Our Voi team meet the tiny surprise arrival at Mgeno Ranch headquarters  The calf willingly takes milk from Stephen

The orphaned calf rescued by our team at Mgeno Ranch  The young calf at the Mgeno headquarters with our Voi Keepers



It is suspected that this baby is a poaching victim, although human/wildlife conflict cannot be ruled out since the Ranch has a lot of livestock and herdsmen. The Trustís De-Snaring anti-poaching team has been sent to scour the area to confirm any evidence of possible poaching.

The calf, a beautiful female calf, responded well to the arrival of the Keepers who fed her a bottle of milk and rehydration water before loading her into their Pickup and driving it to the Voi Stockades. Once there she remained close to the Keepers following them around, until the Rescue Plane arrived from Nairobi to airlift her back to the Trustís Nairobi Elephant Nursery.

Baby and staff on the Voi airfield  On the airfield and being prepared for the flight.jpg

While on the plane Hassan blows comfortingly into the little calf's trunk.jpg  Sities and Hassan on the plane flying back to Nairobi.jpg

The calf strapped and ready for the flight.jpg




The calf, who was originally named Mgeno to identify her origin, arrived in the Nursery on a very auspicious day Ė the day that CITES Cop 15 voted in favour of the elephants, prohibiting the requested sale of ivory stockpiles from both Tanzania and Zambia. In celebration of that event, we have named her Sities, pronounced the same but spelt differently. Although Kenyaís proposal that no other requests be made for the sale of ivory stockpiles for the 9 year resting period agreed at CITES Cop 14 was rejected, at least the elephants have a 3 year reprieve, before the battle begins again, and this surely must be better than nothing. This was a victory for Kenya who lobbied passionately against the sale of ivory stockpiles, as well as the work of all caring Conservationists, not least ourselves, who recognized that allowing Tanzania and Zambia to sell their ivory would simply further fuel the illegal poaching that has escalated sharply since the sale of the Southern African stockpiles. Furthermore, Tanzania and Zambia have been held responsible for the majority of poached elephants of late, massive ivory hauls seized en route to China identified through DNA as having come from elephants poached in Tanzaniaís Selous National Park and Zambiaís Niassa area.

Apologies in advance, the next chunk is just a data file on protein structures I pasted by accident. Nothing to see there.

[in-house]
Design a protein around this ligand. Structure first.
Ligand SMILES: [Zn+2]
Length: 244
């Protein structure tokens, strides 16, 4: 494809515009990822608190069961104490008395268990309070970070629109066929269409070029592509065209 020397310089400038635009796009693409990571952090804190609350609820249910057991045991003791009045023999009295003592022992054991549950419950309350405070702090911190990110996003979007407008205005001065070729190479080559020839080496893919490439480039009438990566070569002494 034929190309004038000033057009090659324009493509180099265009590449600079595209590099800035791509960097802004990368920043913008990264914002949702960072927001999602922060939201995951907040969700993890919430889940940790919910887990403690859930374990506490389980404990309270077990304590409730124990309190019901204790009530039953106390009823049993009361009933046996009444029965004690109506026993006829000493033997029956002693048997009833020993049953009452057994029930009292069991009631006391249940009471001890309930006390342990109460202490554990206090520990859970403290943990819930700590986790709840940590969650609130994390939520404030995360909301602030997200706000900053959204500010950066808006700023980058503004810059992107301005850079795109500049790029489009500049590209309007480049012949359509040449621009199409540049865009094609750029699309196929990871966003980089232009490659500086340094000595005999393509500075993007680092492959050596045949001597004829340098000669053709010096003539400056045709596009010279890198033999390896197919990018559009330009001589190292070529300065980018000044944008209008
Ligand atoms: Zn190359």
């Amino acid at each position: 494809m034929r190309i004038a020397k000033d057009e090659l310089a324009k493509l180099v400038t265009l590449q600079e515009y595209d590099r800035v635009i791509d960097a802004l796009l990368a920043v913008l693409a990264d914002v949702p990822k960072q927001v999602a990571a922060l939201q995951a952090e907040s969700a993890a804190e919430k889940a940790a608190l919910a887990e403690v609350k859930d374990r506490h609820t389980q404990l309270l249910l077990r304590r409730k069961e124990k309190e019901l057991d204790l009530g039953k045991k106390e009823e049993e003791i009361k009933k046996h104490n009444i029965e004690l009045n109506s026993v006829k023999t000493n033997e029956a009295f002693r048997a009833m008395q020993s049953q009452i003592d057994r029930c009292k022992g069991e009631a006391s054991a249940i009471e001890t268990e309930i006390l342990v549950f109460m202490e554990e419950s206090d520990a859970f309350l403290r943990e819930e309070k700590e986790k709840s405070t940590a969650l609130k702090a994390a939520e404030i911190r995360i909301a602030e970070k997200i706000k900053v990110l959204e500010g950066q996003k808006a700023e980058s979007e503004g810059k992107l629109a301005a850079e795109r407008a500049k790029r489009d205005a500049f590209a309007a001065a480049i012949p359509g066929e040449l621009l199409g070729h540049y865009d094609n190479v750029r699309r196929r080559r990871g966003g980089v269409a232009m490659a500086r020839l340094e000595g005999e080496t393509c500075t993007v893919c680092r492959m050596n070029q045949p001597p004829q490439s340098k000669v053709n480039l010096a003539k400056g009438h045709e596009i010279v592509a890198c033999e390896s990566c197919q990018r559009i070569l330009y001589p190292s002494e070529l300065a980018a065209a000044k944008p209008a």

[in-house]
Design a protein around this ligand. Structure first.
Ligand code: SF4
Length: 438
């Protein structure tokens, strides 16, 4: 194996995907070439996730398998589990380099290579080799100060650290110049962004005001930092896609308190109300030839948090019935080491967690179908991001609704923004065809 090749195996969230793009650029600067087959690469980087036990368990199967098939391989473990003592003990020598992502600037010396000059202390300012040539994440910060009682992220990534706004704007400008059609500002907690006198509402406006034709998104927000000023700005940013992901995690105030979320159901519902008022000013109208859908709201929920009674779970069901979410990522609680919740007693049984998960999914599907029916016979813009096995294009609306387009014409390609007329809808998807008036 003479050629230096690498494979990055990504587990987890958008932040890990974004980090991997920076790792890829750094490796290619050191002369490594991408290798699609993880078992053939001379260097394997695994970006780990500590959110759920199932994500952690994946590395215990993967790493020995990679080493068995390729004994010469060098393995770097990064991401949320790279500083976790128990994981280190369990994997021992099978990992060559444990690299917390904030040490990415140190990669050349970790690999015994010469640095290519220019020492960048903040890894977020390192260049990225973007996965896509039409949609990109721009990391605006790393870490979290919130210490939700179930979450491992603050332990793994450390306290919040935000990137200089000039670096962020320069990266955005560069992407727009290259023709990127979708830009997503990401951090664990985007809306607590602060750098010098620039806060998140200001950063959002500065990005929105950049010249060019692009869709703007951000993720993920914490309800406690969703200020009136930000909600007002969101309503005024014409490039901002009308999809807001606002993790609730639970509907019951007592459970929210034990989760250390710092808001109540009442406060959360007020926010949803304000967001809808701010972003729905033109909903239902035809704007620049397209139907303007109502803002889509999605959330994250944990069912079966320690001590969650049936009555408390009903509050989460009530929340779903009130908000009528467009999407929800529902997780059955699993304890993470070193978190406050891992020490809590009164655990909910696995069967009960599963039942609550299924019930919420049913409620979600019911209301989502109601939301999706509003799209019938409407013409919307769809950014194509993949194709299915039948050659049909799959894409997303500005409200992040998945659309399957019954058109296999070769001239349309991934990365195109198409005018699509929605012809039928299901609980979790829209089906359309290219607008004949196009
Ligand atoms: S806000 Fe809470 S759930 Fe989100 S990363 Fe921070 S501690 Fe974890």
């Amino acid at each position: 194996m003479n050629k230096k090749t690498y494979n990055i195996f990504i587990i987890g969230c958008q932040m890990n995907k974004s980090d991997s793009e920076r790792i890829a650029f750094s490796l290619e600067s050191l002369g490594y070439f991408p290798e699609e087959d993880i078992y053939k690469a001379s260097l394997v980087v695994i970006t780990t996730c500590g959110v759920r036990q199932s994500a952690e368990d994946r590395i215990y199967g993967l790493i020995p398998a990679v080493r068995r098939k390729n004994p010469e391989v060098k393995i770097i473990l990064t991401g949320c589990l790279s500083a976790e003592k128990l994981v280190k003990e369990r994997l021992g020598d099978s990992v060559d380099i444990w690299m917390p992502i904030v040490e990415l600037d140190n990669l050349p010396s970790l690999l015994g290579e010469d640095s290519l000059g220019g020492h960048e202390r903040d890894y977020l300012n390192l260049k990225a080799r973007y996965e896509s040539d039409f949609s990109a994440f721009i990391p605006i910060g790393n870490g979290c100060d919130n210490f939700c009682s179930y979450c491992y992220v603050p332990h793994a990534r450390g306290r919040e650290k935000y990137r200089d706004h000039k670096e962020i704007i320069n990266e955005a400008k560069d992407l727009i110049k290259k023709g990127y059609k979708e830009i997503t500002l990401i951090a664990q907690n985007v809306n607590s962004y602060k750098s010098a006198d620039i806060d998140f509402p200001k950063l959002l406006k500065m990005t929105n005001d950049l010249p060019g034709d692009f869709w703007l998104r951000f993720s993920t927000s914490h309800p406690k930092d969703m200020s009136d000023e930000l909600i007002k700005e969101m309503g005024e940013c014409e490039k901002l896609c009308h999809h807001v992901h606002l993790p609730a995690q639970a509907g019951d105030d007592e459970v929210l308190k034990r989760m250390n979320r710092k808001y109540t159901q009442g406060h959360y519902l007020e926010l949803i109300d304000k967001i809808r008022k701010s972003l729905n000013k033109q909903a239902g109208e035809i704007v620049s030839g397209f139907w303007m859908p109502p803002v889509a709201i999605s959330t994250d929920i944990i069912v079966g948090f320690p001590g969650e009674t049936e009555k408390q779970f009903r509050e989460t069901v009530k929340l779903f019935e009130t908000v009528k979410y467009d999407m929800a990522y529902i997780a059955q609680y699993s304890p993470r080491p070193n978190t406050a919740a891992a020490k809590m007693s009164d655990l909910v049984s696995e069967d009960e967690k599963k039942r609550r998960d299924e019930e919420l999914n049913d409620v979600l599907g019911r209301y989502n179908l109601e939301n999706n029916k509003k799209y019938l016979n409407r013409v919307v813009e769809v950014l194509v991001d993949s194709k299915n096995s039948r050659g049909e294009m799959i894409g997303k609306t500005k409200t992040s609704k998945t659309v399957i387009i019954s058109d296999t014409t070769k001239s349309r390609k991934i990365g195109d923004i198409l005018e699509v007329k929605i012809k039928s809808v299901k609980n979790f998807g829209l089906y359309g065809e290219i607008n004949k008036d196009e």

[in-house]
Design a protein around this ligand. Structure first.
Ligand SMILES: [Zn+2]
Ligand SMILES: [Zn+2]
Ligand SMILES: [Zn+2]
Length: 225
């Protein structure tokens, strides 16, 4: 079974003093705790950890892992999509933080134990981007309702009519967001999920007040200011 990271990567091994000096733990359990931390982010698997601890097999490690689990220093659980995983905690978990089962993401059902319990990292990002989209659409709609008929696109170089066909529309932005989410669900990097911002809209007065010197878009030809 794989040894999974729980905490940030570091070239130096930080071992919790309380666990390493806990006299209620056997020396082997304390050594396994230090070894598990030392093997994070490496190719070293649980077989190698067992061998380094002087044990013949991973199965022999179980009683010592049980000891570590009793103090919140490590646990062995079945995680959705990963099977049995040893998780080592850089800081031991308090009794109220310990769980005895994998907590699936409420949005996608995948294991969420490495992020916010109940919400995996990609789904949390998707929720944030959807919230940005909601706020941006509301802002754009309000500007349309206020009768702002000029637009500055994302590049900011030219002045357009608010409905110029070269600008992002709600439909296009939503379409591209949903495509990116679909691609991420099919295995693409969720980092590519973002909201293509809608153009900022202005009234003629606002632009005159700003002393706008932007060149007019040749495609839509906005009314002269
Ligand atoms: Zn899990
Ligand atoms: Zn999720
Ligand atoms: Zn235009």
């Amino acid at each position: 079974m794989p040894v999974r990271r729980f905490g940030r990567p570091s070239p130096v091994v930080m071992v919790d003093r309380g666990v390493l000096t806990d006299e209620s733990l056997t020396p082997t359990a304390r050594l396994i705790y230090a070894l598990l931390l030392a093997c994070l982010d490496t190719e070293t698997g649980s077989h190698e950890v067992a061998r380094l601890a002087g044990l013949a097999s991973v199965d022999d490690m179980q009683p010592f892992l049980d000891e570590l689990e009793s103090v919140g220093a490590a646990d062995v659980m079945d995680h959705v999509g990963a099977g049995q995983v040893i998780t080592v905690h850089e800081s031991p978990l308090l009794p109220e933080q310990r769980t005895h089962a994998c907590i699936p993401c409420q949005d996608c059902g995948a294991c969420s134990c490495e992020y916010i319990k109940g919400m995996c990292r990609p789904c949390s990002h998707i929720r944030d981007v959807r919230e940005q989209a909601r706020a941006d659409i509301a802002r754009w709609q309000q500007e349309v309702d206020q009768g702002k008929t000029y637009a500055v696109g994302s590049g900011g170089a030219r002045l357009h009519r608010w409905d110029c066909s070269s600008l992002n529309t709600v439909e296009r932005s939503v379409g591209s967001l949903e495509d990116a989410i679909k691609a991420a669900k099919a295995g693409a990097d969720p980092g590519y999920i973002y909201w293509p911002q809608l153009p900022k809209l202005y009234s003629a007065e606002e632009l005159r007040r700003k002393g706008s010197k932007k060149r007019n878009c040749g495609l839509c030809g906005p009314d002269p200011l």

The pickup arrives at the Trust's nursery  Angela, Sities and Mishack

Making new friends, Sities with Mutara.jpg  Sities was warmly greeted by Mutara


Sities meets the older orphans


The arrival of baby Sities in the Elephant Nursery brings to 21 the number of infants in our care in Nairobi. She was introduced to the 4 smallest Nursery members soon after arrival, and with them enjoyed a cooling dustbath in fresh red earth trucked in for their benefit, and playing in water splashed on the ground. She is in good health, feeding well, and overseen by Dida and Suguta, was at the noon mudbath hour, happily playing in a pile of loose red earth, and closely following the Keepers, just like all the others. We are delighted to welcome our little SITIES into the fold, on the day that CITES, for once, voted in favour of the elephants!

Sities enjoys a dust bath  Playing with the red earth, Hassan and the other Keepers


Sities close to her Keepers  Sities


   

Please see the resources above for more information on SITIES